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How to get the process ID for an Excel automation?

I have an application that reads the contents of Excel files uploaded by users. After getting the data, I need to identify the process ID associated with the Excel instance to be able to kill the process. The GetWindowThreadProcessId function seems to do the trick on the development environment (OS is Windows XP Professional) and I am getting the correct process ID but when I run it on a Windows 2003 Server, I get a Win32 error saying that the window handle that I passed is invalid. Please refer to the code.
Microsoft.Office.Interop.Excel.Application Excel = new Microsoft.Office.Interop.Excel.Application();
 
      int ExcelPId = 0;
 
      GetWindowThreadProcessId(Excel.Hwnd, ref ExcelPId);
 
      if (ExcelPId == 0)
        Response.Write((new Win32Exception()).Message);

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elvin226
Asked:
elvin226
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1 Solution
 
elvin226Author Commented:
I've tried impersonating an account with admin rights before calling Excel but I'm still getting an invalid window handle error.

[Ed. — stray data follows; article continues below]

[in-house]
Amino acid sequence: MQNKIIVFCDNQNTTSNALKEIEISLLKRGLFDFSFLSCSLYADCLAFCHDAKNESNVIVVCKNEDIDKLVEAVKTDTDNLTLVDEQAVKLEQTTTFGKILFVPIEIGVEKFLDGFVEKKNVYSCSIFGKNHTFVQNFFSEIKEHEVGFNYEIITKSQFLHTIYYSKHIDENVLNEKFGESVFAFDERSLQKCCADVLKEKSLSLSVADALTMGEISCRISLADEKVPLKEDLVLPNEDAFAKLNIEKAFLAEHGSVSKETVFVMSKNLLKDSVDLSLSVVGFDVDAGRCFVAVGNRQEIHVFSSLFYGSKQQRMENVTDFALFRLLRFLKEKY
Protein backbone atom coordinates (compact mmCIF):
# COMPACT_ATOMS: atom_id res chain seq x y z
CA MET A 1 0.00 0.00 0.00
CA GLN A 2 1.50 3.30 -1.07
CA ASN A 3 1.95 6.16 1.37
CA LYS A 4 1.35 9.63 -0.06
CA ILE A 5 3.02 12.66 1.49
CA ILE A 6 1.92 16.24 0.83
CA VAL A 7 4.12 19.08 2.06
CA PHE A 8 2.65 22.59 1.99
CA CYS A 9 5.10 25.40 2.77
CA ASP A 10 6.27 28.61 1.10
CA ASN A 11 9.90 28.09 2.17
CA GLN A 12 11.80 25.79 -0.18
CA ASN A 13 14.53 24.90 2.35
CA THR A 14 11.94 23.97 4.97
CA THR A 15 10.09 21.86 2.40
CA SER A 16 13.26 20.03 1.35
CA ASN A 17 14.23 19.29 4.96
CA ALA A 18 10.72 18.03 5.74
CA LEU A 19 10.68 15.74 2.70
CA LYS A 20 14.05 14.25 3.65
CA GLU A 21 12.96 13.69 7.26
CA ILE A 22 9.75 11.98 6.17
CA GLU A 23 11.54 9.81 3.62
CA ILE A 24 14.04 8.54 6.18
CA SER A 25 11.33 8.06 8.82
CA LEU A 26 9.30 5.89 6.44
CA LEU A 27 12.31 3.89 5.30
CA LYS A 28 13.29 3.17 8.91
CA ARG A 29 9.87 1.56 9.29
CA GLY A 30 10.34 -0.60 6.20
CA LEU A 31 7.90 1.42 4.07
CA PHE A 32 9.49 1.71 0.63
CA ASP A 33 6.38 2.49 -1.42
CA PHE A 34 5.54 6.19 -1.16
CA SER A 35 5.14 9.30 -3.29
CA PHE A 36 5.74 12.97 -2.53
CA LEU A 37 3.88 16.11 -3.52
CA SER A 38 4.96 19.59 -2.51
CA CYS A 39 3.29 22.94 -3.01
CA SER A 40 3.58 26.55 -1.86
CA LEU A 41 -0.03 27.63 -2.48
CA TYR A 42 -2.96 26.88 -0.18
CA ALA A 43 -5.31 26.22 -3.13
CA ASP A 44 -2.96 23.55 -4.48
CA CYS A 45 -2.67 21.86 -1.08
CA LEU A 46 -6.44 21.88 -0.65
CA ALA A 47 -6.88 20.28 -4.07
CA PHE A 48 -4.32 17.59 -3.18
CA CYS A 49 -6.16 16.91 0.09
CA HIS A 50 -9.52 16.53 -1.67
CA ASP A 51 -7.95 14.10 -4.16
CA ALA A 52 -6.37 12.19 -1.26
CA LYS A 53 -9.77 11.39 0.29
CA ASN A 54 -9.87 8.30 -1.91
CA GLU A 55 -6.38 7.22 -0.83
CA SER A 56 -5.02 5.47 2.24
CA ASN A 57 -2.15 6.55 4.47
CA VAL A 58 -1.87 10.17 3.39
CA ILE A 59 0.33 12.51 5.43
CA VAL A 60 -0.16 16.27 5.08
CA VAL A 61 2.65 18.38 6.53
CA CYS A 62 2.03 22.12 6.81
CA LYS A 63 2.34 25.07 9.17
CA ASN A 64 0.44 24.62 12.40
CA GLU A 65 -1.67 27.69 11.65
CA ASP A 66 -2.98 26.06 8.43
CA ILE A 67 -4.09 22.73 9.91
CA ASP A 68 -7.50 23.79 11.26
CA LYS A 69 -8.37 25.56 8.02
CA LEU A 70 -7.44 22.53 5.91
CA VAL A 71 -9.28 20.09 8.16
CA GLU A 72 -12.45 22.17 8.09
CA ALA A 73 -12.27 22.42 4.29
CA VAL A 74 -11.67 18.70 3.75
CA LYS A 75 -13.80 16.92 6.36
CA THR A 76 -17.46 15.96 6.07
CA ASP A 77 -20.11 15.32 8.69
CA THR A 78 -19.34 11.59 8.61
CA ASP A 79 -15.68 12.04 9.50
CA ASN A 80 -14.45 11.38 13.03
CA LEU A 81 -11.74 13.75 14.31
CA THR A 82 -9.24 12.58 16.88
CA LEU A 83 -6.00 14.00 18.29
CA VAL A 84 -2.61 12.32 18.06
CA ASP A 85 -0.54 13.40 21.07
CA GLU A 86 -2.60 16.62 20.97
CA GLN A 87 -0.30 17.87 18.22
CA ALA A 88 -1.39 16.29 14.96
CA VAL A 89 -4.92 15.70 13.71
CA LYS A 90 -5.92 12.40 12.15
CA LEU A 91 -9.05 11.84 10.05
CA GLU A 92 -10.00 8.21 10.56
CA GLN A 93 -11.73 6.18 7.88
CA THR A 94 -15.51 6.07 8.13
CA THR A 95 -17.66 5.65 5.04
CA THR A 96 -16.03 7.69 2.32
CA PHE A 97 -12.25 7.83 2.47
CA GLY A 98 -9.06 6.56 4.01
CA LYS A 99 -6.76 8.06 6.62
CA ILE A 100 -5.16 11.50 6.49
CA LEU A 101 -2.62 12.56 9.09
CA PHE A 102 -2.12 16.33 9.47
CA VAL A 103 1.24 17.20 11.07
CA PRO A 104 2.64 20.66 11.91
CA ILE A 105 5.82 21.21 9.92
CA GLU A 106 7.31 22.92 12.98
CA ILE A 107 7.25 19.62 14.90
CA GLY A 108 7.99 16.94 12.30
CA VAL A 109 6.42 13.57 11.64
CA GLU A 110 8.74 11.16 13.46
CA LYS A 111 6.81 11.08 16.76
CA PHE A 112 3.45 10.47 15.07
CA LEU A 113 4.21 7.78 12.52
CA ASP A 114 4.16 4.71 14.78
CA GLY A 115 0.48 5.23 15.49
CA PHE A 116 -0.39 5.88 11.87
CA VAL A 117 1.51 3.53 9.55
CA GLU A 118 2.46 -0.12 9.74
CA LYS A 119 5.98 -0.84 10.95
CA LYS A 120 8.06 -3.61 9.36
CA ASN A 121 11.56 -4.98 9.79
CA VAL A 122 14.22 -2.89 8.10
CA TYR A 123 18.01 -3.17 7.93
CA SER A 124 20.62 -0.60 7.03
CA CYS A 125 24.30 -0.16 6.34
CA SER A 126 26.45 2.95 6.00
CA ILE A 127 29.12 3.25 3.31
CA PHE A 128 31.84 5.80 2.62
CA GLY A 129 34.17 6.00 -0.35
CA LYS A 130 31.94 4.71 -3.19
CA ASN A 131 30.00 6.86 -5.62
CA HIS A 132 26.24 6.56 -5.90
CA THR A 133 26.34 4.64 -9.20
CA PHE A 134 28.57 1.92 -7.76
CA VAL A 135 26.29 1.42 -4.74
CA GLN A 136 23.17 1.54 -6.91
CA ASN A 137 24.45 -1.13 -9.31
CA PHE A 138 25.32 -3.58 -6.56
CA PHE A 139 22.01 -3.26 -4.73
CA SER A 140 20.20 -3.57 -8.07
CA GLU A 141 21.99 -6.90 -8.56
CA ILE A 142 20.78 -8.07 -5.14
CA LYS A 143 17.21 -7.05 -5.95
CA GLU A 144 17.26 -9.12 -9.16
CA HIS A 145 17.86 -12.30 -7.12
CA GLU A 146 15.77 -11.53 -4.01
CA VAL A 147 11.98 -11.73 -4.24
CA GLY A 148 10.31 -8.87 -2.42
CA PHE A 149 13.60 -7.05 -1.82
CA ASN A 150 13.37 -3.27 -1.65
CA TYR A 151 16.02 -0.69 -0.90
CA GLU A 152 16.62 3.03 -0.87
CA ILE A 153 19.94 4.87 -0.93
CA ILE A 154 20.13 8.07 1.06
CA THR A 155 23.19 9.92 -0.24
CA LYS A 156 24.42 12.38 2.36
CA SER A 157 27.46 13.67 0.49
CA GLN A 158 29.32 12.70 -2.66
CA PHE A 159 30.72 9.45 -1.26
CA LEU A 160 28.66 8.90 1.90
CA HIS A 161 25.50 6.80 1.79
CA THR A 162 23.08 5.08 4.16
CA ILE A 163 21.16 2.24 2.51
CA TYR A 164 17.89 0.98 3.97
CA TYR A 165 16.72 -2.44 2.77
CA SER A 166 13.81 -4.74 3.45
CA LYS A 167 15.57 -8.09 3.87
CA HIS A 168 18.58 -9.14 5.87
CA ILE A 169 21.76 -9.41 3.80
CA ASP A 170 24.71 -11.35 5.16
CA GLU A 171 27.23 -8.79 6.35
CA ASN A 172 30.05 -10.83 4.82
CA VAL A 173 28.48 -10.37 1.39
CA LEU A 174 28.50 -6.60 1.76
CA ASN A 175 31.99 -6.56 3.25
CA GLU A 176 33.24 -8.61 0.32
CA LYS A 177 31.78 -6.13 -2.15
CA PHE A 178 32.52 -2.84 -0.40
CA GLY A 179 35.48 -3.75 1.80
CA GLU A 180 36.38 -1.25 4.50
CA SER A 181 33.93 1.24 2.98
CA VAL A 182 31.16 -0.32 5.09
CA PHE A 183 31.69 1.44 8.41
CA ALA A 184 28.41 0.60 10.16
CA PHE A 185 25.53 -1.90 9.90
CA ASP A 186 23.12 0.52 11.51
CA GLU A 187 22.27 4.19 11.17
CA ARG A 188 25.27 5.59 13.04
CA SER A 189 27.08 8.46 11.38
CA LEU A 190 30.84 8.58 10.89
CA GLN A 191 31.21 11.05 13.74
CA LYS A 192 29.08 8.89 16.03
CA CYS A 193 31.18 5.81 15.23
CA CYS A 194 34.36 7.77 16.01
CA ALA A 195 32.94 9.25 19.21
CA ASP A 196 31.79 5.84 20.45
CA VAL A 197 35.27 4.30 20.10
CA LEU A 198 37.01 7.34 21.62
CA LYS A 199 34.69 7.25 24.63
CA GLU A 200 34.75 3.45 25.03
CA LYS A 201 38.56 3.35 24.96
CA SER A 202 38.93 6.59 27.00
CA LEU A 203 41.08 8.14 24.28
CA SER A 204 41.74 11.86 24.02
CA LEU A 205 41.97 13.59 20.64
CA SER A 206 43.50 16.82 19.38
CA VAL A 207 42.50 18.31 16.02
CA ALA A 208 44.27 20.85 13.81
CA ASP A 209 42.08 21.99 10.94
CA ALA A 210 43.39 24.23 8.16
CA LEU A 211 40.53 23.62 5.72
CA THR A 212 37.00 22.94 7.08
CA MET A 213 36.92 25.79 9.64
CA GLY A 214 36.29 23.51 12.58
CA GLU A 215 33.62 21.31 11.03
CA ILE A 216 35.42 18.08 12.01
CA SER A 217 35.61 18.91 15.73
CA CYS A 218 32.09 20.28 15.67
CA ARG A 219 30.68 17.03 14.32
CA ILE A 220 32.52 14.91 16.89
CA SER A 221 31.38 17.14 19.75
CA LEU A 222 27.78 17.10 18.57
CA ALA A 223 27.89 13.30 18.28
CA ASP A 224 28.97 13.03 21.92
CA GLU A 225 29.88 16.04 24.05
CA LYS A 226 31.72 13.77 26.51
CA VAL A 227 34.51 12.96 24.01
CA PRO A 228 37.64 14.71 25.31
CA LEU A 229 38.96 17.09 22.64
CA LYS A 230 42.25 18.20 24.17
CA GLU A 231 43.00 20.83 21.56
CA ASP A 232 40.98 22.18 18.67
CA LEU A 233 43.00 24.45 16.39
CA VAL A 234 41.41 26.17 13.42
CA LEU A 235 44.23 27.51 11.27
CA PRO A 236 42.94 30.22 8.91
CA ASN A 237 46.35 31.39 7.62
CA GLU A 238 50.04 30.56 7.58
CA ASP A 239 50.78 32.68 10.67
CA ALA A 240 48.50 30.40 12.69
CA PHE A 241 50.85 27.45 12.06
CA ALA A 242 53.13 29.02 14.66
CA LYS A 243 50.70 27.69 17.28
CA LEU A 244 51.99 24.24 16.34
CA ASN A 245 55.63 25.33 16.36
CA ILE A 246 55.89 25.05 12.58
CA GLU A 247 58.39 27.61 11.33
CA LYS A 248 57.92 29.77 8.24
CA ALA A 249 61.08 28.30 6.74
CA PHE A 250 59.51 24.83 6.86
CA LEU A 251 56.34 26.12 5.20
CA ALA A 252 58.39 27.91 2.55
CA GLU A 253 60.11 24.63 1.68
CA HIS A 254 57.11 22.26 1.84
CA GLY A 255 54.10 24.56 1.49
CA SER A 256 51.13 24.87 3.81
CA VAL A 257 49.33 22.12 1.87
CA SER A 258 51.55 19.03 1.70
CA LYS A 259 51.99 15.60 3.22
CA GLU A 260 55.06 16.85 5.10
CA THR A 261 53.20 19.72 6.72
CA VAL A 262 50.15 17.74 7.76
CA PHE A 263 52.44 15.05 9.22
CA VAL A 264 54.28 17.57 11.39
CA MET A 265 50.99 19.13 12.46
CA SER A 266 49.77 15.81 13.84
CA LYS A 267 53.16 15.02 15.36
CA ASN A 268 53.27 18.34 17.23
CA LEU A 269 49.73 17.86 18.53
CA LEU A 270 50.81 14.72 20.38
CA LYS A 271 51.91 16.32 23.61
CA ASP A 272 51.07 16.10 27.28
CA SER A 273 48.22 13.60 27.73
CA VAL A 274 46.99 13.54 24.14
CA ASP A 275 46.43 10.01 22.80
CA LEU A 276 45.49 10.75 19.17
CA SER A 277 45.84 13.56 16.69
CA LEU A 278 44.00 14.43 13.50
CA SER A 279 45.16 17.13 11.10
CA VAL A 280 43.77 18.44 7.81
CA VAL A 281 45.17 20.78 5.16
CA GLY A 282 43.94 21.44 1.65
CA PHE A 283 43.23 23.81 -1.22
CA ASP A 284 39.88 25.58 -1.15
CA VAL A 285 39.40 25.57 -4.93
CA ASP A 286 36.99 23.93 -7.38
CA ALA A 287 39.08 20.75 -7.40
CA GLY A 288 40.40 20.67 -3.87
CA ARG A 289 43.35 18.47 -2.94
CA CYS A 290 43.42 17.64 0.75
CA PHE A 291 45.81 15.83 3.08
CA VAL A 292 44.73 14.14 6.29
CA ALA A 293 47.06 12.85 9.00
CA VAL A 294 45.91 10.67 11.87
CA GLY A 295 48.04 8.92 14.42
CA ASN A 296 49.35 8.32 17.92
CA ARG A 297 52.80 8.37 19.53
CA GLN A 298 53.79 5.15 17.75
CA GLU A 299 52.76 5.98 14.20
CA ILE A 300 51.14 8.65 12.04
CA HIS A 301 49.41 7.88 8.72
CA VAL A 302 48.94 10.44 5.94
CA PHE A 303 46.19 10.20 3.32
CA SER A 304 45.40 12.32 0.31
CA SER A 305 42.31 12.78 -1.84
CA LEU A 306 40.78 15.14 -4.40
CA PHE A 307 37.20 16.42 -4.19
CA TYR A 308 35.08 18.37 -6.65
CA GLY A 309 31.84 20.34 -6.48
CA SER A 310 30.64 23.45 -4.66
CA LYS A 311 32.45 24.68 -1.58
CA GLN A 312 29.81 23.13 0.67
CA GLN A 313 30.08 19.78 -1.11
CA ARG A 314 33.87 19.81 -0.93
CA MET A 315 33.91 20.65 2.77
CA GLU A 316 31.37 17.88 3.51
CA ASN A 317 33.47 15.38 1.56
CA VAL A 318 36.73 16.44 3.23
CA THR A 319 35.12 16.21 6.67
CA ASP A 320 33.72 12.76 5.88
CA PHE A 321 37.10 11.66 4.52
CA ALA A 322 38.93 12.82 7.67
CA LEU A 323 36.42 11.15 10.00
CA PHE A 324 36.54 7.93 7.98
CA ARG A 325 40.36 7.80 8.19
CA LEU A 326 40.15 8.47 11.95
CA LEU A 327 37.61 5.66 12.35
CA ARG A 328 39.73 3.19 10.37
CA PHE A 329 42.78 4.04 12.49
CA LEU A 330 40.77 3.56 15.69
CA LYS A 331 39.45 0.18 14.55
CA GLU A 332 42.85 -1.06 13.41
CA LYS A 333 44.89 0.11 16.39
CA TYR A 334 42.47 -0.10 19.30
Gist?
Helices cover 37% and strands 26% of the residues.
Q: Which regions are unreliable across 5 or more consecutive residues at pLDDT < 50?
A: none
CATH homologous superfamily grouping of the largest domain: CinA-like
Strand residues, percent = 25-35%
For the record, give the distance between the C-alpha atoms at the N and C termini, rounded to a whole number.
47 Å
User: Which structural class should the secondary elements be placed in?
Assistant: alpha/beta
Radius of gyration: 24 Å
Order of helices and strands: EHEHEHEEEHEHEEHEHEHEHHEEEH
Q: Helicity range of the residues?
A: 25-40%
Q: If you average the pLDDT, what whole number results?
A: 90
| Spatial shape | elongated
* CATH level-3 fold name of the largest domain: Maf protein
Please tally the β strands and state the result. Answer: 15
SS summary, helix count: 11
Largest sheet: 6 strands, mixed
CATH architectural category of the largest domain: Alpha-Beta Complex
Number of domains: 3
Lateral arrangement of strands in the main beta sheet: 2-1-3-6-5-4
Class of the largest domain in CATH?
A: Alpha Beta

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Bob LearnedCommented:
If you are having to kill the process, then you are not closing Excel correctly.  There are different approaches to reading Excel files, but using Excel automation is not the most efficient way.  
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elvin226Author Commented:
Actually, there are other things that need to be done besides reading files. The program also generates Excel files and I need to:
  • Dynamically create ranges of values for lists that validate user inputs
  • Dynamically modify the protection settings to a range of cells and finally, lock the worksheet to prevent unauthorized editing. The random password is sent to selected users while giving others a read-only access
What other approaches are better than automation?
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Bob LearnedCommented:
OLE DB is a great way to read Excel, but if you are really talking about automating Excel, then automation is still the way to go.  Are you using System.Runtime.InteropServices.Marshal.ReleaseComObject?  .NET does not use reference counting the same way that COM does.  Using instances of COM objects increments there reference counts, but nothing decrements the counts, so they are left in memory, and Excel won't close, until that memory is released.
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elvin226Author Commented:
I have yet to try that. Thanks.
I've tried the following code. The problem is if I do a series of automation calls, at least one of the processes is left running.

    GC.Collect();
    GC.WaitForPendingFinalizers();
    GC.Collect();
    GC.WaitForPendingFinalizers();

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Bob LearnedCommented: